While we have experimented with training before led by myself and other Labs staff, we now realize it’s imperative to share the responsibility of teaching and learning across our team if we want it to be successful. By the end of May we hope to have a model for badging that can be utilized at all library locations (not just those with weekly Labs programming) as well as a model for peer-to-peer staff learning sessions that not only result in staff learning new skills, but in learning to facilitate informal, project-based learning programs for patrons, too. Enjoy!
(P.S. Check back in May for a follow-up to our last post by Tara Goe about lending music devices at our Main Library. It’s going great so far!)
~Corey Wittig, Digital Learning Lead Librarian, Carnegie Library of Pittsburgh.
by Patrick Coyle
It’s been a little over a month since Flory Gessner, Hannah Thompson and I began our positions as Teen Mentors in The Labs program at Carnegie Library of Pittsburgh (CLP), and we immediately dove headfirst into establishing connections with youth at our assigned library locations. We were thrilled to get to know everyone and work to explore their passions. Since the start, this position has been a lovely sort of dance, one that involves the many movements and flourishes of both teens and staff alike, and I’ve enjoyed learning the steps and also having the space to come up with my own.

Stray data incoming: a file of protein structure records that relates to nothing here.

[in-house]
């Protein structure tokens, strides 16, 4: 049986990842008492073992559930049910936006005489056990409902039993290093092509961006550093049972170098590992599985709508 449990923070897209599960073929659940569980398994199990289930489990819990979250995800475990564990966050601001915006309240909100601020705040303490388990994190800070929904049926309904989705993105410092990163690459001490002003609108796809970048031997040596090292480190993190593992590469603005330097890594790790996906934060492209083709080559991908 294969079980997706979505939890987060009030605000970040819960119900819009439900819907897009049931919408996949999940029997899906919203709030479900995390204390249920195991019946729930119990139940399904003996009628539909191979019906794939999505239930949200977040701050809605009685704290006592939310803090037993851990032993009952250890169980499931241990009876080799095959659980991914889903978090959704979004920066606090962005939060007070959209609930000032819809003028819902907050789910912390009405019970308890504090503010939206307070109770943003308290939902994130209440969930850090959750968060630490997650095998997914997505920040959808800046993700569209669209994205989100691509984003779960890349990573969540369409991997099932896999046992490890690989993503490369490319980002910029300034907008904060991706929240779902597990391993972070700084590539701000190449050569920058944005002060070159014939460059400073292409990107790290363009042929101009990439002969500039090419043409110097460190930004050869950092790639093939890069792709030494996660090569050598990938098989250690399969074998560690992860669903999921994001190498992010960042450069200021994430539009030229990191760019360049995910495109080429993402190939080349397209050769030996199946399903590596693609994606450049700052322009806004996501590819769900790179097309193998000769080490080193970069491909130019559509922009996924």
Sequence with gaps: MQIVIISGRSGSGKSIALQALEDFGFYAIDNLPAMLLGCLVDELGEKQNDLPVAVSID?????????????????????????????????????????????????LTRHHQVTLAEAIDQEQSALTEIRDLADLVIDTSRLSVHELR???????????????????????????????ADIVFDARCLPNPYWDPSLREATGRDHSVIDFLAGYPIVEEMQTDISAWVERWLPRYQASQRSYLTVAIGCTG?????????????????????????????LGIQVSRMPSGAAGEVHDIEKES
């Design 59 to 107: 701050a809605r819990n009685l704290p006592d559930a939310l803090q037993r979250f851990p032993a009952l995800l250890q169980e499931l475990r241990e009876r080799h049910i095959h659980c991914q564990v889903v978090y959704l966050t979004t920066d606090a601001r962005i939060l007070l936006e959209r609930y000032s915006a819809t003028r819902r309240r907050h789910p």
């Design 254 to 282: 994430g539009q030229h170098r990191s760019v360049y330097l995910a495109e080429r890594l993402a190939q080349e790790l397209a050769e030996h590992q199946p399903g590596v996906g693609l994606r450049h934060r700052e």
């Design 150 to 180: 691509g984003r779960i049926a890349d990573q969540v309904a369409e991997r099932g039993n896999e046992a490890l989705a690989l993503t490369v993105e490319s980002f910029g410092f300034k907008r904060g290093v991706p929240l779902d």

Vital to every routine is practice and preparation, and I feel like that aspect is most visible in the recent trainings that Corey Wittig, Digital Learning Lead Librarian for CLP, has implemented as part of a grant to flesh out the library’s system of badges that have existed in beta at just a few library locations over the last couple of years. These peer-to-peer staff training sessions just began at the beginning of March, but they already feel helpful and necessary for three reasons: they get us closer to having new and improved badges that will lend to more concrete learning for teens; they allow staff a time to share their skills so that we all have a wider breadth of knowledge; they provide the space for staff to get used to teaching workshops within the two hour time frame, very much like the time frame that the mentors have on their workshop days.
I got to lead one of these training sessions last week, a run through of the Point N’ Shoot and the DSLR badges so we could work on, and it had a similar vibe to a usual workshop with teens: we were learning things together, having hands on experience with the materials, and utilizing the library space to arrive at some sort of finished product. It was a lot of fun stretching our legs while we gallivanted around the first floor of CLP – East Liberty, using our phones to capture the various aspects of composition, then messing around with the DSLRs, achieving proper exposure, toying with depth of field, and adjusting shutter speed to create motion blur.
Photos: Ben Filio for The Sprout Fund
It felt very refreshing to teach in this environment, because at times I would be at a loss for words when describing a technical aspect of the camera, only to be saved by someone proposing an answer or asking a question that helped knock some of the terms loose, and it was also very nice to have Ben Filio from The Sprout Fund chime in whenever we needed a helping hand. Thanks for the photos and the help, Ben!